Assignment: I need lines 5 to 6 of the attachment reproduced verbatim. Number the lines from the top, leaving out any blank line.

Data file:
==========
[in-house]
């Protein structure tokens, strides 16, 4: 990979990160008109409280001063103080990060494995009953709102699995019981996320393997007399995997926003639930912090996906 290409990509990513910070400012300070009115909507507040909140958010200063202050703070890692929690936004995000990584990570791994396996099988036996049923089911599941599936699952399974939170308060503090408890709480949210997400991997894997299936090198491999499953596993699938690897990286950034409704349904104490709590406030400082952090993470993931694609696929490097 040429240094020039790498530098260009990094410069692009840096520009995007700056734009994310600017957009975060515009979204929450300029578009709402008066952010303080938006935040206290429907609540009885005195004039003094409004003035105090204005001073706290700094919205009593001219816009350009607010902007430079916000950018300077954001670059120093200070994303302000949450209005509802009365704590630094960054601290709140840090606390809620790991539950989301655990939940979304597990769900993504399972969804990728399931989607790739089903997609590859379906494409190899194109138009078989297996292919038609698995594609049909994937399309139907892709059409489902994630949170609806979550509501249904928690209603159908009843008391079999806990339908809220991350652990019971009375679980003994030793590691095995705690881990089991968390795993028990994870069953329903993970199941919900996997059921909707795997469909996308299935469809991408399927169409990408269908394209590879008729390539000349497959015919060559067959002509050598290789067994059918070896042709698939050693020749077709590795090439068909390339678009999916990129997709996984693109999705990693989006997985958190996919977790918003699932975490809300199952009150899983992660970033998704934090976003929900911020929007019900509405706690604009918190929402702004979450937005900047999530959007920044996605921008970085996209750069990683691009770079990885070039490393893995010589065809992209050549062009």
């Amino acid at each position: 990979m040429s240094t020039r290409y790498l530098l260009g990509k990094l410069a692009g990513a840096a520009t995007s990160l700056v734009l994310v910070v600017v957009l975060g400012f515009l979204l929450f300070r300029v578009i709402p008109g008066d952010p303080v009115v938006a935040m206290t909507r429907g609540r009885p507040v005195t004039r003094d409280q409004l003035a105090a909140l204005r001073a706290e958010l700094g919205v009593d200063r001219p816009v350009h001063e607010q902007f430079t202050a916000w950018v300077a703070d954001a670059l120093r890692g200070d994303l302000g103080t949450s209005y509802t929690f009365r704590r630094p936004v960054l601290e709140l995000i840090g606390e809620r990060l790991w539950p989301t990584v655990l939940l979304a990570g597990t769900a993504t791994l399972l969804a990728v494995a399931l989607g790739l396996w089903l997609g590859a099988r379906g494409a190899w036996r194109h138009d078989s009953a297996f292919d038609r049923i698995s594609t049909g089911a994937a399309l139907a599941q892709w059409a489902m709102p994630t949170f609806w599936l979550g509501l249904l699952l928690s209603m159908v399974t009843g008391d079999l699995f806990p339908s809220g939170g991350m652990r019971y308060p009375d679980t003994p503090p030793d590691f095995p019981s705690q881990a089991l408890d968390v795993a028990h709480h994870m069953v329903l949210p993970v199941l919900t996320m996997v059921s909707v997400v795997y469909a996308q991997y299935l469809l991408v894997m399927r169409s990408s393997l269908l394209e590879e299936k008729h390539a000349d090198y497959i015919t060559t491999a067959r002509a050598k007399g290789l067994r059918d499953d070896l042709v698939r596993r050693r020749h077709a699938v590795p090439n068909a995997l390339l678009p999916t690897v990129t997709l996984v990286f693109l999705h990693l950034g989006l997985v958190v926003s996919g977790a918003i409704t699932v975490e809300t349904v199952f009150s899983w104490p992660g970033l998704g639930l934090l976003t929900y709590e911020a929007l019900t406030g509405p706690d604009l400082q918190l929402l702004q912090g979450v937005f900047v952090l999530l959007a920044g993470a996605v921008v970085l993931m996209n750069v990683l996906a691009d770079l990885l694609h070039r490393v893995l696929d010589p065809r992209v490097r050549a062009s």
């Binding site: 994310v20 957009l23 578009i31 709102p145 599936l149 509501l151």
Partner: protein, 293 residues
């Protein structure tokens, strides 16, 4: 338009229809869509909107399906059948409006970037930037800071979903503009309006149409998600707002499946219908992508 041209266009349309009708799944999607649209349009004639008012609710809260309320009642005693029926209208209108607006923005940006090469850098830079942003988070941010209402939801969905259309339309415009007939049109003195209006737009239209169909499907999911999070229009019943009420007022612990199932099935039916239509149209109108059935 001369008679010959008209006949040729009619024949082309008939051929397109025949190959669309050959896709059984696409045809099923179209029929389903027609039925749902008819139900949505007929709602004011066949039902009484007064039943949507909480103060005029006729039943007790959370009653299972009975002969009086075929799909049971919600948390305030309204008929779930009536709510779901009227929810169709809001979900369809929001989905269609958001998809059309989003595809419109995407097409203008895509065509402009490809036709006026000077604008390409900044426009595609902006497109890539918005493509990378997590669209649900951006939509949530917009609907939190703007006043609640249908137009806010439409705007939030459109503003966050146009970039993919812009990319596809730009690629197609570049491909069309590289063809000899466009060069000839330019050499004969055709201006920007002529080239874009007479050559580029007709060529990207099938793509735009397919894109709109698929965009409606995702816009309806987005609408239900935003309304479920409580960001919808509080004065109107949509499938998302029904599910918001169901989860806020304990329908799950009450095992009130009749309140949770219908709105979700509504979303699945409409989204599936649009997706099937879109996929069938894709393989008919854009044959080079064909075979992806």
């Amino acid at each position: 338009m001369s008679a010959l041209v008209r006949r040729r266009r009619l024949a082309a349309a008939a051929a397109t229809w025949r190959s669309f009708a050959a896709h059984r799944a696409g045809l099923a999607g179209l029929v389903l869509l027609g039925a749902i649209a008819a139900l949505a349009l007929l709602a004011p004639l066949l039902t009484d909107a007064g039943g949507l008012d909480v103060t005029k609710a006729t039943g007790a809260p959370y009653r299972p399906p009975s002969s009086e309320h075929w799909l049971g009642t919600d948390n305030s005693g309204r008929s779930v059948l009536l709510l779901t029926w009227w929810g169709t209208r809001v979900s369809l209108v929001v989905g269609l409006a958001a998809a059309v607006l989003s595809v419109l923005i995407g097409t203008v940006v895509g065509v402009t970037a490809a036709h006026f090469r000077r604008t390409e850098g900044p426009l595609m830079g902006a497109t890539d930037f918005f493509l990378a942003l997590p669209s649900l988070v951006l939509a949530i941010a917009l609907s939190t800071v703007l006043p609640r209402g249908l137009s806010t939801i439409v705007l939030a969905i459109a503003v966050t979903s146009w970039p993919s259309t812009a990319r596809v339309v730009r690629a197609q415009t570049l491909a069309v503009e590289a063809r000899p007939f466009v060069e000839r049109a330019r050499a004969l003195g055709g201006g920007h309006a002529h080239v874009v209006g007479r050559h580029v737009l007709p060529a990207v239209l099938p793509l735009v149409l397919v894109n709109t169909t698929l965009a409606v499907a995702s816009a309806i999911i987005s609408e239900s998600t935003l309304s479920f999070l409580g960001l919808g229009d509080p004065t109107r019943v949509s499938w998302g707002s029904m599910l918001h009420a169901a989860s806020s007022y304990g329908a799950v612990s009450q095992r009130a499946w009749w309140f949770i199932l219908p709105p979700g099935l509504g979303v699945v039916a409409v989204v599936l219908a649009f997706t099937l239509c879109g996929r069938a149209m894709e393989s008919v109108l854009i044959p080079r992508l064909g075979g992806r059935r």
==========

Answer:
Partner: protein, 293 residues
């Protein structure tokens, strides 16, 4: 338009229809869509909107399906059948409006970037930037800071979903503009309006149409998600707002499946219908992508 041209266009349309009708799944999607649209349009004639008012609710809260309320009642005693029926209208209108607006923005940006090469850098830079942003988070941010209402939801969905259309339309415009007939049109003195209006737009239209169909499907999911999070229009019943009420007022612990199932099935039916239509149209109108059935 001369008679010959008209006949040729009619024949082309008939051929397109025949190959669309050959896709059984696409045809099923179209029929389903027609039925749902008819139900949505007929709602004011066949039902009484007064039943949507909480103060005029006729039943007790959370009653299972009975002969009086075929799909049971919600948390305030309204008929779930009536709510779901009227929810169709809001979900369809929001989905269609958001998809059309989003595809419109995407097409203008895509065509402009490809036709006026000077604008390409900044426009595609902006497109890539918005493509990378997590669209649900951006939509949530917009609907939190703007006043609640249908137009806010439409705007939030459109503003966050146009970039993919812009990319596809730009690629197609570049491909069309590289063809000899466009060069000839330019050499004969055709201006920007002529080239874009007479050559580029007709060529990207099938793509735009397919894109709109698929965009409606995702816009309806987005609408239900935003309304479920409580960001919808509080004065109107949509499938998302029904599910918001169901989860806020304990329908799950009450095992009130009749309140949770219908709105979700509504979303699945409409989204599936649009997706099937879109996929069938894709393989008919854009044959080079064909075979992806």